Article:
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Inflation Targeting: Theory and Policy Implications

Author

Listed:
  • John H. Green

    (International Monetary Fund)

Abstract

As with many monetary policy frameworks, inflation targeting is subject to the well-known problem of inflation bias. With inflation targeting, however, the bias becomes apparent not as inflation above desired levels but as a wedge between the announced target and observed inflation. This inconsistency could render the framework neither credible nor enforceable because the target is overshot on average. The problem can be addressed by assigning price stability as the single policy objective or by assigning dual targets for inflation and output, provided that they are consistent. Many inflation-targeting countries take the joint target approach implicitly through transparency measures that publicly assess monetary conditions in terms of potential output and output gaps.

Suggested Citation

  • John H. Green, 1996. "Inflation Targeting: Theory and Policy Implications," IMF Staff Papers, Palgrave Macmillan, vol. 43(4), pages 779-795, December.
  • Handle: RePEc:pal:imfstp:v:43:y:1996:i:4:p:779-795
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    Citations

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    Cited by:

    1. Alexis Penot, 1998. "La politique monétaire française à travers la règle de Taylor," Revue d'Économie Financière, Programme National Persée, vol. 49(5), pages 135-154.
    2. Guy Debelle & Miguel A Savastano & Paul R Masson & Sunil Sharma, 1998. "Inflation Targeting as a Framework for Monetary Policy," IMF Economic Issues 15, International Monetary Fund.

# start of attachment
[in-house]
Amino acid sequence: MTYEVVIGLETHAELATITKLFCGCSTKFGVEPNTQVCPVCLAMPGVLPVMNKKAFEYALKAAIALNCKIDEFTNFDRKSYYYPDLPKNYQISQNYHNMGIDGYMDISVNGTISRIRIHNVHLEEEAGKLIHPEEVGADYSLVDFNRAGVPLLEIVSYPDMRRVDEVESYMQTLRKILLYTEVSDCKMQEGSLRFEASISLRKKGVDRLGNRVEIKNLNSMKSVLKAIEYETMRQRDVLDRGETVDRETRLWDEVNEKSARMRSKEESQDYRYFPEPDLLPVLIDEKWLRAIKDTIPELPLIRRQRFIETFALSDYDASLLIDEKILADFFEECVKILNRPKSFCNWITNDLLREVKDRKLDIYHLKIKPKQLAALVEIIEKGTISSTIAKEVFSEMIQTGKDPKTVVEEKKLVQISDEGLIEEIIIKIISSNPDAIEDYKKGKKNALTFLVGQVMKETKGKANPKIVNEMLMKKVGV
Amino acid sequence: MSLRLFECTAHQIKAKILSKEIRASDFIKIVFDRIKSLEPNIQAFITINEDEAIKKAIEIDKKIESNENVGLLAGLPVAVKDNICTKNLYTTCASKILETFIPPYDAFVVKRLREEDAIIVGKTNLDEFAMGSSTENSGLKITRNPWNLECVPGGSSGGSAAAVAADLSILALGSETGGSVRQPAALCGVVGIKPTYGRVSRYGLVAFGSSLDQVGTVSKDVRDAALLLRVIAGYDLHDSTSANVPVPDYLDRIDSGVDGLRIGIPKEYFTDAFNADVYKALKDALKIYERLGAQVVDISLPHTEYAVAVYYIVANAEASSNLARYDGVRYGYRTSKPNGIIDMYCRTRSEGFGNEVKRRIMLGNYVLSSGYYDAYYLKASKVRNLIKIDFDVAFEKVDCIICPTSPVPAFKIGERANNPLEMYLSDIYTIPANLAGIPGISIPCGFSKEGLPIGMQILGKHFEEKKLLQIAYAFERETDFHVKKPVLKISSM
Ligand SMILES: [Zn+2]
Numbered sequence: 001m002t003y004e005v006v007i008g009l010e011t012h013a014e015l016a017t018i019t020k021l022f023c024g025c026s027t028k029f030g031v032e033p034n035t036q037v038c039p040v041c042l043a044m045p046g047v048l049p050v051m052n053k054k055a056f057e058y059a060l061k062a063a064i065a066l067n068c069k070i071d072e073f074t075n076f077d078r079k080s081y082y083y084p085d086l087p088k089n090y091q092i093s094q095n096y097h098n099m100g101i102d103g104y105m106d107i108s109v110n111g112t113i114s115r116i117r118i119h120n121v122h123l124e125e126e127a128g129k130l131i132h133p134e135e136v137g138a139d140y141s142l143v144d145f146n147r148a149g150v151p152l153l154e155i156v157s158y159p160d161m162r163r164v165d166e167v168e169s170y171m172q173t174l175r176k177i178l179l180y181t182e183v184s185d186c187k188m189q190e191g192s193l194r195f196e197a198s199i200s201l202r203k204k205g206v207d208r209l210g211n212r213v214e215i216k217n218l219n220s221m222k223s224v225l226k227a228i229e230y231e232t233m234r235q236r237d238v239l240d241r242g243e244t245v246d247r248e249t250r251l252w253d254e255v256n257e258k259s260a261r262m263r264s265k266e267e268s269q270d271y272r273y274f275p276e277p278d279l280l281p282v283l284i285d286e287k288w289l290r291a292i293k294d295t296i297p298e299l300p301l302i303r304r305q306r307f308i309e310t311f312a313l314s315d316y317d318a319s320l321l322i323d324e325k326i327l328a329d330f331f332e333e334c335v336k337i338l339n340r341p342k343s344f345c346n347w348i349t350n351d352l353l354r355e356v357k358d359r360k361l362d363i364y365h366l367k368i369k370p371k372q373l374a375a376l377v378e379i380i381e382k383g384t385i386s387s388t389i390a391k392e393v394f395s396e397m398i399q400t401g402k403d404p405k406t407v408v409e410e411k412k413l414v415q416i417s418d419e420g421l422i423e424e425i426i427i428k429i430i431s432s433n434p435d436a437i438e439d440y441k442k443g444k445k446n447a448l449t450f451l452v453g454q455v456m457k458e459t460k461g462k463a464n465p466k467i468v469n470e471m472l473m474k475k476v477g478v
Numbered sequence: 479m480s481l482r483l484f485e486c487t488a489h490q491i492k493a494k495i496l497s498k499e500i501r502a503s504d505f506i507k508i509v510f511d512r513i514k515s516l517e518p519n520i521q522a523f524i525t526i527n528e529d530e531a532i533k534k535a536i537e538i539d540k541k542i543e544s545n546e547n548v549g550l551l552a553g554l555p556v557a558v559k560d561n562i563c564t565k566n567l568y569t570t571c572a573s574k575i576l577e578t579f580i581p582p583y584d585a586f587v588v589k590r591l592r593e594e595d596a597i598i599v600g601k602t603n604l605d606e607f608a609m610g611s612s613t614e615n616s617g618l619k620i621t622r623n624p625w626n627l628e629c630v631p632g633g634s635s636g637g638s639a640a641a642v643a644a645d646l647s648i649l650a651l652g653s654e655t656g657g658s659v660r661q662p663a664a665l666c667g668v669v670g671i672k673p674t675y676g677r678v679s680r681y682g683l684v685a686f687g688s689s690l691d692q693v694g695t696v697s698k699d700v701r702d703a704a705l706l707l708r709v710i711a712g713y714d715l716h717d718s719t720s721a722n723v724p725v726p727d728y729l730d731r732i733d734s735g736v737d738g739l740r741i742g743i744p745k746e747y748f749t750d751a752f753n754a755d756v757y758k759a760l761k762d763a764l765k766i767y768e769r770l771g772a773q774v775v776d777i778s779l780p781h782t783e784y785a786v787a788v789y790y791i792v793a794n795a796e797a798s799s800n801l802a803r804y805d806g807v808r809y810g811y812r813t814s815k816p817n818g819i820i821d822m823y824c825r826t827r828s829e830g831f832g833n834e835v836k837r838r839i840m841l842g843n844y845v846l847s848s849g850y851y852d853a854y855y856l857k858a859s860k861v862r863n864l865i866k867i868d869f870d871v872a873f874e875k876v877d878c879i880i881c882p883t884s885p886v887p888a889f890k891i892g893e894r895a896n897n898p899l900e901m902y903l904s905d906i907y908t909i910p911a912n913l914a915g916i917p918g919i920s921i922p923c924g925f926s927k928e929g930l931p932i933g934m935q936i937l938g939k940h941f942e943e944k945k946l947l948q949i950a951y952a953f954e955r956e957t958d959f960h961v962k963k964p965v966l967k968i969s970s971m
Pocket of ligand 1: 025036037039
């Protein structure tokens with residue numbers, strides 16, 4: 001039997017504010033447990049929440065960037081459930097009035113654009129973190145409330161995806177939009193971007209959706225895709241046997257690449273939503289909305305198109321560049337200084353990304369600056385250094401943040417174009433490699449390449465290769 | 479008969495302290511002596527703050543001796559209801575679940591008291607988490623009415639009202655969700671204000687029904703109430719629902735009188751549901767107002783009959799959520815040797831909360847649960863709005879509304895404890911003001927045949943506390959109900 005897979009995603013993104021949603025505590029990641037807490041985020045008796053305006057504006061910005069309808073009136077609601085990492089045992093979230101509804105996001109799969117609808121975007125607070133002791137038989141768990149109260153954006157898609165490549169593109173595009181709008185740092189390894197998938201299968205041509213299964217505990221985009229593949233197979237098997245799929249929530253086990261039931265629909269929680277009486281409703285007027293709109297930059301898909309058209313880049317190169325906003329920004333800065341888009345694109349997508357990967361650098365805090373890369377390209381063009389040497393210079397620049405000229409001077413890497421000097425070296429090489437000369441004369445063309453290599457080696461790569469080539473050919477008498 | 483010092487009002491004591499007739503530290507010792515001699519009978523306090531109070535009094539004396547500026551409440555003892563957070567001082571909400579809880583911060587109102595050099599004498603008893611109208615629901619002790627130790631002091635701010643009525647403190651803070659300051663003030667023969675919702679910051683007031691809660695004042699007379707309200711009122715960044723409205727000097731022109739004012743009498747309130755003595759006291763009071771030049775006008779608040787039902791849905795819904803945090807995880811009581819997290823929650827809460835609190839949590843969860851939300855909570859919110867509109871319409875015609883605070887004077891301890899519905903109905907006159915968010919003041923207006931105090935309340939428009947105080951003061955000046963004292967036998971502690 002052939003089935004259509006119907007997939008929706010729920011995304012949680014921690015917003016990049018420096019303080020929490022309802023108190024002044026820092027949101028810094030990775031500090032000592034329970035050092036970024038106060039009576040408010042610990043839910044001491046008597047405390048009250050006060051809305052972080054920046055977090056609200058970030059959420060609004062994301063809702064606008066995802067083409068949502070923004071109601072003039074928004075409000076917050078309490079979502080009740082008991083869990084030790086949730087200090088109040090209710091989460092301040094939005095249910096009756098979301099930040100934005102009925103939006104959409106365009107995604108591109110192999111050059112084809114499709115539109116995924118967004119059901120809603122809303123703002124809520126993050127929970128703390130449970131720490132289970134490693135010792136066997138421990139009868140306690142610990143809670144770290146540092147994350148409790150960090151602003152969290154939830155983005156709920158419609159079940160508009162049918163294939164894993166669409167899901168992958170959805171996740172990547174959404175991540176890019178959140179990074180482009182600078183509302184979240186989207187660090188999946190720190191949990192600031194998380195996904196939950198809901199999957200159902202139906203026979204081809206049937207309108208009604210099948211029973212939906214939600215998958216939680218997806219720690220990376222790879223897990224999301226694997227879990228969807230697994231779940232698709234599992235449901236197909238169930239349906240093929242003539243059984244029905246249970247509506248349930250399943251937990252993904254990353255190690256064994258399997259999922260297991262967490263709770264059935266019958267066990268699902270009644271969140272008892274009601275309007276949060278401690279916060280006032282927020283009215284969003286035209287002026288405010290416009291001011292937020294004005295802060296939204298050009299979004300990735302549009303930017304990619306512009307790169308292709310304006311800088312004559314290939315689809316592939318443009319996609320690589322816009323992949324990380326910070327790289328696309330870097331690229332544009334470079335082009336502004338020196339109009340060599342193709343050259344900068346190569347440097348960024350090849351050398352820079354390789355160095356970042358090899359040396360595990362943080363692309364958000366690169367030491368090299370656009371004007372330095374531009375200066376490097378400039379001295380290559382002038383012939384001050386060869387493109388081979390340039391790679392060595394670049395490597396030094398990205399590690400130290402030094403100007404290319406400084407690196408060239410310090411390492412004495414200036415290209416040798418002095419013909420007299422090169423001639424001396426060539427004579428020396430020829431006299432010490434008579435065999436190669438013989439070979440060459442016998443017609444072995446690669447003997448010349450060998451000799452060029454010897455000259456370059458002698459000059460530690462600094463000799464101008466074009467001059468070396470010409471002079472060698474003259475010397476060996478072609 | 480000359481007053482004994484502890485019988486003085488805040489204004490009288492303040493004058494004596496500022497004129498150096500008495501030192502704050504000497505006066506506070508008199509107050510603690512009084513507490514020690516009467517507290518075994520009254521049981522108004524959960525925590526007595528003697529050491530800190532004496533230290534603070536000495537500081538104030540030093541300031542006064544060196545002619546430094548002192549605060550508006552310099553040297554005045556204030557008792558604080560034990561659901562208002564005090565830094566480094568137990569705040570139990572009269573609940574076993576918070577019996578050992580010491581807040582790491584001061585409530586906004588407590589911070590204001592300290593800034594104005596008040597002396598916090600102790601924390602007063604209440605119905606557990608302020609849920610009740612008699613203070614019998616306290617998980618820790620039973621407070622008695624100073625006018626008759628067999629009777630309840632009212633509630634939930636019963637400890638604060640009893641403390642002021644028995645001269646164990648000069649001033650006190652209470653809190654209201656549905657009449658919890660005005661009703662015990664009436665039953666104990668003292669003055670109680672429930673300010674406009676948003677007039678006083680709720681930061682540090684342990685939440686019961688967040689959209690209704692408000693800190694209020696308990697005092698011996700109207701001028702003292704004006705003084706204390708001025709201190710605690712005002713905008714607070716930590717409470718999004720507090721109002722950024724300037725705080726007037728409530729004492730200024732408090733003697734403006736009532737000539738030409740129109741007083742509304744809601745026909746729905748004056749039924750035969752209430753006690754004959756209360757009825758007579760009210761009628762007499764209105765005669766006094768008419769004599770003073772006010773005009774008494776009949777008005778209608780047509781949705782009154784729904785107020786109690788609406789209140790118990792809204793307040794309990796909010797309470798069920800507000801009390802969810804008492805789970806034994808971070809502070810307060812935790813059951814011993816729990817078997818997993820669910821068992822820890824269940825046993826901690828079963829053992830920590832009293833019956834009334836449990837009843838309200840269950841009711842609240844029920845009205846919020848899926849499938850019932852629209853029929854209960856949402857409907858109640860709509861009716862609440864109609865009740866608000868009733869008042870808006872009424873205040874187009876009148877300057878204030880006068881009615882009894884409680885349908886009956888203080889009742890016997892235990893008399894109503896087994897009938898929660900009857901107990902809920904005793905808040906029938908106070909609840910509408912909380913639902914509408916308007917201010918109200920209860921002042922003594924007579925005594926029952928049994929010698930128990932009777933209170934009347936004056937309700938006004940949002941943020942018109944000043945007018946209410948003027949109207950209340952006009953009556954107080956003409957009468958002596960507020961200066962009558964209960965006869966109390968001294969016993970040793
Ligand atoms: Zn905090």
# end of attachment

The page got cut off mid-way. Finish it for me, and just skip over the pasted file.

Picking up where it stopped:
3. Stanley Fischer, 1996. "Why are central banks pursuing long-run price stability?," Proceedings - Economic Policy Symposium - Jackson Hole, Federal Reserve Bank of Kansas City, pages 7-34.
    4. Csermely, Ágnes, 1997. "Az inflációs célkitűzés rendszere
      [Inflation targeting]
      ," Közgazdasági Szemle (Economic Review - monthly of the Hungarian Academy of Sciences), Közgazdasági Szemle Alapítvány (Economic Review Foundation), vol. 0(3), pages 233-253.
    5. Devine, Máiréad & McCoy, Daniel, 1997. "Inflation Targeting: A Review of the Issues," Research Technical Papers 5/RT/97, Central Bank of Ireland.
    6. Miguel A Savastano & Paul R Masson & Sunil Sharma, 1997. "The Scope for Inflation Targeting in Developing Countries," IMF Working Papers 97/130, International Monetary Fund.
    7. Iannis A. Mourmouras & Michael G. Arghyrou, 1999. "Monetary Policy at the European Periphery. Greek Experience and Lessons for Transition Economies," CERT Discussion Papers 9910, Centre for Economic Reform and Transformation, Heriot Watt University.
    8. Chien-Chiang Lee & Chun-Ping Chang, 2008. "Trend stationary of inflation rates: evidence from LM unit root testing with a long span of historical data," Applied Economics, Taylor & Francis Journals, vol. 40(19), pages 2523-2536.
    9. Siok Kun Sek & Wai Mun Har, 2012. "Does Inflation Targeting Work in Emerging East-Asian Economies?," Panoeconomicus, Savez ekonomista Vojvodine, Novi Sad, Serbia, vol. 59(5), pages 599-608, December.
    10. Dhaneshwar Ghura & Michael T. Hadjimichael, 1995. "Growth in Sub-Saharan Africa," IMF Working Papers 95/136, International Monetary Fund.
    11. Sek Siok Kun, 2012. "Evaluating the performance of inflation targeting regime in three Asian economies," International Econometric Review (IER), Econometric Research Association, vol. 4(2), pages 82-98, September.
    12. Jp Heever, 2001. "A Note On Inflation Targeting In South Africa," South African Journal of Economics, Economic Society of South Africa, vol. 69(1), pages 168-177, March.

    More about this item

    JEL classification:

    • E52 - Macroeconomics and Monetary Economics - - Monetary Policy, Central Banking, and the Supply of Money and Credit - - - Monetary Policy
    • E58 - Macroeconomics and Monetary Economics - - Monetary Policy, Central Banking, and the Supply of Money and Credit - - - Central Banks and Their Policies

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